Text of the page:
The data was largely contradictory or incomplete. In some cases, the state cited much higher county success rates than the counties themselves. 

The State Judicial Council acknowledged its data was incomplete, noting additional success-rate data could be available by July 2025.  

Promising but dated data 

A small-scale study of Sacramento’s Mental Health Treatment Court – before the new pretrial diversion system track – found graduates like Cesar who got treatment after serving jail time were 25% less likely to be arrested and 75% less likely to be hospitalized. 

Sacramento County was used as a case study by the state when creating a model for successfully implementing Mental Health Diversion courts in 2019. 

Sacramento was one of the few counties that provided CBS News with data that was fairly consistent with the state’s data. It showed a 66% Mental Health Diversion Court graduation rate over the past three years. 

A different view of success 

After presiding over mental health court for over a decade, Sacramento County Judge Larry Brown has a different view of success.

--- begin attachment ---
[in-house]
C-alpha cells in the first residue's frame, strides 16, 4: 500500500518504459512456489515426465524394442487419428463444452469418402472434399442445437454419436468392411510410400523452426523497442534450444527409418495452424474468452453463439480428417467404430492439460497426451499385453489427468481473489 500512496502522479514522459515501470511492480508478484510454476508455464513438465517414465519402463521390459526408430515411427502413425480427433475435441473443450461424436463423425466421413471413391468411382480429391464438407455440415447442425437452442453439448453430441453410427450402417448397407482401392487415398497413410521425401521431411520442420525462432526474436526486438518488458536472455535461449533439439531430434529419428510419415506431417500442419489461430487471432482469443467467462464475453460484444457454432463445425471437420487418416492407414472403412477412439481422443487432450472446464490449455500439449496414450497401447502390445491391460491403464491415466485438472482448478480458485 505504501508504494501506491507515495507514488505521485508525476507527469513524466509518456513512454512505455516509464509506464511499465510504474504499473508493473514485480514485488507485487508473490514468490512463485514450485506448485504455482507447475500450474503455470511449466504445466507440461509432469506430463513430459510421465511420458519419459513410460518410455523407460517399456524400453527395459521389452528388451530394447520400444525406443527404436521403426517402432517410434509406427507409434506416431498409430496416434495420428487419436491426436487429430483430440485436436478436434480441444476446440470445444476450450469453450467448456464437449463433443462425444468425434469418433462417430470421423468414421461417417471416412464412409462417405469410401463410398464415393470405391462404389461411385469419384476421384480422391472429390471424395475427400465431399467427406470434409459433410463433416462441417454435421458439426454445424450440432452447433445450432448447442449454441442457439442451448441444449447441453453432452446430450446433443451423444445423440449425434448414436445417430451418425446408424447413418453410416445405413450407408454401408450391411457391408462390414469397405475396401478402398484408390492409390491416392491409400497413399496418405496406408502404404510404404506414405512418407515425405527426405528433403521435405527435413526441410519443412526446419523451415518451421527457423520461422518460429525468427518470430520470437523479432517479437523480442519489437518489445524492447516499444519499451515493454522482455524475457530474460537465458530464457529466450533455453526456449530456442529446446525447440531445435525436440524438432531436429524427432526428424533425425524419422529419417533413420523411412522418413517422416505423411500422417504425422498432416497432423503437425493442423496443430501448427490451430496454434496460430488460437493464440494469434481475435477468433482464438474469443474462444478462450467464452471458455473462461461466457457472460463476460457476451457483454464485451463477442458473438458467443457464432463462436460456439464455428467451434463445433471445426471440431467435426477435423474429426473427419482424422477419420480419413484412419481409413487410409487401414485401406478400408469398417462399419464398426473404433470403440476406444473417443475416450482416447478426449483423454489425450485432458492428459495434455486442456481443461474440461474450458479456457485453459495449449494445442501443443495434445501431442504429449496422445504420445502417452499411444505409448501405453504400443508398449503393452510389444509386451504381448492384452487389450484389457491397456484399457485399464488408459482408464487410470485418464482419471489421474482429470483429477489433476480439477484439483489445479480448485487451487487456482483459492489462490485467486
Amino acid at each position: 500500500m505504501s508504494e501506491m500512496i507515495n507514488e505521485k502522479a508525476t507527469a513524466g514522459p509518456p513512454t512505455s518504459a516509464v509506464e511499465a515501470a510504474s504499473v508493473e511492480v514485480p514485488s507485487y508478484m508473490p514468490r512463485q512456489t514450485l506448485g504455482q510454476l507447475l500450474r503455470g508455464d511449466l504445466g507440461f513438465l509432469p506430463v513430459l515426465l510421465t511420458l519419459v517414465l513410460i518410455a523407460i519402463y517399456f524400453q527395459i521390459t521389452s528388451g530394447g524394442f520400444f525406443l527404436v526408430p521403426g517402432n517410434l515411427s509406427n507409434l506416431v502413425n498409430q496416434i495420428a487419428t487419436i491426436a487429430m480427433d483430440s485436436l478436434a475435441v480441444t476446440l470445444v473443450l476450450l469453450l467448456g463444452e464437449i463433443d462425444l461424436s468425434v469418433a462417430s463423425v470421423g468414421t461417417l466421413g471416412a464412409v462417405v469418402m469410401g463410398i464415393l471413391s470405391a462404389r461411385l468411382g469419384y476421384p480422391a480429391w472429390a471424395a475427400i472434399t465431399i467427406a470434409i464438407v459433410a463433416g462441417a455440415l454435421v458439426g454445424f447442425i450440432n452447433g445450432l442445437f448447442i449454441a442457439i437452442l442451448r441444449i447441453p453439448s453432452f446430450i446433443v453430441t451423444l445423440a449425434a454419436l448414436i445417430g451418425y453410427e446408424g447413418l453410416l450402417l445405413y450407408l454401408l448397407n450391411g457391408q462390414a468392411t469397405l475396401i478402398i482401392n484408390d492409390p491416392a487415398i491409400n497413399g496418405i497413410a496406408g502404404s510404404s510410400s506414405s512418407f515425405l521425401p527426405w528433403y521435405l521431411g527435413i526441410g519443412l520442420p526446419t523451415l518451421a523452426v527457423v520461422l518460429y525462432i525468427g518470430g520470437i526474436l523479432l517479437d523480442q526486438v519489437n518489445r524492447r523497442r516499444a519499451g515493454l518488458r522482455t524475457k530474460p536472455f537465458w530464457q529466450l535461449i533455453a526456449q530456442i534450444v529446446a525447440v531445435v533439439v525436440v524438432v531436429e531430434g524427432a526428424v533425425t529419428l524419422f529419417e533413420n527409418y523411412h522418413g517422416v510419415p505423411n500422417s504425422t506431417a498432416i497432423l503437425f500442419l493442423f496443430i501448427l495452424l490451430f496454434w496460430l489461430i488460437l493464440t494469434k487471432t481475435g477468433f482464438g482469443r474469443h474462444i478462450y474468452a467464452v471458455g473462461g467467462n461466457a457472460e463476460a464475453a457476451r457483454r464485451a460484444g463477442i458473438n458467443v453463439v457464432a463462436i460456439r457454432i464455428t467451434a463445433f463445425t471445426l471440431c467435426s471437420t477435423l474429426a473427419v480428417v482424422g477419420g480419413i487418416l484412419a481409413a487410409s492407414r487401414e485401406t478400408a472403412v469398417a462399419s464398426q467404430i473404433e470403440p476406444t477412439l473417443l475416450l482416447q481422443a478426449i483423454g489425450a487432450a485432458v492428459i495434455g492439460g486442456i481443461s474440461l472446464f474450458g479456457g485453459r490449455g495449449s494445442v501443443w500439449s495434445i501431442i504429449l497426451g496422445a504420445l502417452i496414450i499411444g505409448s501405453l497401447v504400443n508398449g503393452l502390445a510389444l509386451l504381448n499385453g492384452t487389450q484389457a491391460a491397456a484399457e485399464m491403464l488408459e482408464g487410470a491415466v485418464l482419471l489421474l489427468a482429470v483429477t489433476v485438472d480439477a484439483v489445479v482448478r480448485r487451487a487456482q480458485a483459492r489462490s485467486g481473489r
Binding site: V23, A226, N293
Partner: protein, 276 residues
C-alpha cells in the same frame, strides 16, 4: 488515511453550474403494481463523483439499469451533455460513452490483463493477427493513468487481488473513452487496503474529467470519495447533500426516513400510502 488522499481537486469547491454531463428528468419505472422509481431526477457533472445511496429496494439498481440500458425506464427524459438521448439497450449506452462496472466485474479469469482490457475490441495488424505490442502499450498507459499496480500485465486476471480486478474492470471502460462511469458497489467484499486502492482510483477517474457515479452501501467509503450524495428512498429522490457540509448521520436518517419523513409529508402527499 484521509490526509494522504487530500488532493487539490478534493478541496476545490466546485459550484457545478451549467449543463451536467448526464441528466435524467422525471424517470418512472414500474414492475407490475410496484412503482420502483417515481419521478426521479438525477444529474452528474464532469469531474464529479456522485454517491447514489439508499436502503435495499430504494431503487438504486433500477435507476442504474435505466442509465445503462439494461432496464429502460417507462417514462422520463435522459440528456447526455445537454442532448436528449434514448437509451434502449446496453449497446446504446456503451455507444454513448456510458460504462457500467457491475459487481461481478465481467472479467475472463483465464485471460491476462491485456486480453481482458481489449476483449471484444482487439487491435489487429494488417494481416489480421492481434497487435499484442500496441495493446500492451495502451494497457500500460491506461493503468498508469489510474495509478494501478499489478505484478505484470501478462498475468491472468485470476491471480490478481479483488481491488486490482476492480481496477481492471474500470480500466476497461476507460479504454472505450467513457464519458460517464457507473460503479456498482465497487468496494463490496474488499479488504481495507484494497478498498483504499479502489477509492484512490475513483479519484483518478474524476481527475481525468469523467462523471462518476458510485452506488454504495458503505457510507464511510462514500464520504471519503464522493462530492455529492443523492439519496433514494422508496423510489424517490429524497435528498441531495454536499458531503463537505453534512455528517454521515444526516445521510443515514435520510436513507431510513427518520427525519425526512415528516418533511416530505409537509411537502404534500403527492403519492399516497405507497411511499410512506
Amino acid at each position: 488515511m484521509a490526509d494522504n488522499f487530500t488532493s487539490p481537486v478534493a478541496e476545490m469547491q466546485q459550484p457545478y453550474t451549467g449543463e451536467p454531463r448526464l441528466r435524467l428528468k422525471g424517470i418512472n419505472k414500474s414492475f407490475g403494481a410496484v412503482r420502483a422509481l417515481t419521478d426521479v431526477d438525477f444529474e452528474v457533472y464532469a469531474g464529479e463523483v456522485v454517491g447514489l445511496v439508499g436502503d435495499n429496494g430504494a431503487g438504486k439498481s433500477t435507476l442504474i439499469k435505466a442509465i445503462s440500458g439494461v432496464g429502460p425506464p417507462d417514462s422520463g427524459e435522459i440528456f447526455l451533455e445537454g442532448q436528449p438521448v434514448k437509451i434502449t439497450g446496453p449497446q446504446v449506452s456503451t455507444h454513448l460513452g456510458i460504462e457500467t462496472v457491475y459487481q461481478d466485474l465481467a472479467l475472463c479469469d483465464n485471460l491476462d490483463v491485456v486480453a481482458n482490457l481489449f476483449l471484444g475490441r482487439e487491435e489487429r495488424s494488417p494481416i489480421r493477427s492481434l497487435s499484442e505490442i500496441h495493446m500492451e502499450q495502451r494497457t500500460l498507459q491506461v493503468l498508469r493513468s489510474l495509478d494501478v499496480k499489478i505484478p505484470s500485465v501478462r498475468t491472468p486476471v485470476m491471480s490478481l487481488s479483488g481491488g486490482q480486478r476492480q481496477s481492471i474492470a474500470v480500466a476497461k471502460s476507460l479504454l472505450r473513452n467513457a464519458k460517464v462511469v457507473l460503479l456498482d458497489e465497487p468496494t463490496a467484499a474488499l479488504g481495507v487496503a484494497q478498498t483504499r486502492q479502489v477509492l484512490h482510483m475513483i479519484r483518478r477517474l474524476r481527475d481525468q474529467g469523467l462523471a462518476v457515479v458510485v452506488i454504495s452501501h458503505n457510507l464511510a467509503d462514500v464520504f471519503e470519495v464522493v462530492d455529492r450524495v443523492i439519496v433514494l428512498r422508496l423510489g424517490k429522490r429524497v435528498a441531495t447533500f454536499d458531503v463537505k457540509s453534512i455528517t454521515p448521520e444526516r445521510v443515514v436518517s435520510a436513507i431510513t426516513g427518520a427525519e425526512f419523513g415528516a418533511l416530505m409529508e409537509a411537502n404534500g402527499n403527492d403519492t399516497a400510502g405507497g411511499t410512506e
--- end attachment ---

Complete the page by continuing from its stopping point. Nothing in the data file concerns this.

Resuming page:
“It’s success the moment we connect them to a mental health provider. It’s a success when we get them on medication while they’re in jail,” Judge Brown said.  

He says he sees roughly 200 people a week, whom he gets to know through regular check-ins. 

“When some graduate like Cesar,” he said, “We’re truly going to miss him. He’s a delight. And he’s been a gentleman. That’s what’s great about this job,” he said. 

But without better statewide data, to show what’s working and what’s not, Judge Brown’s court and Cesar are simply anecdotes with great potential.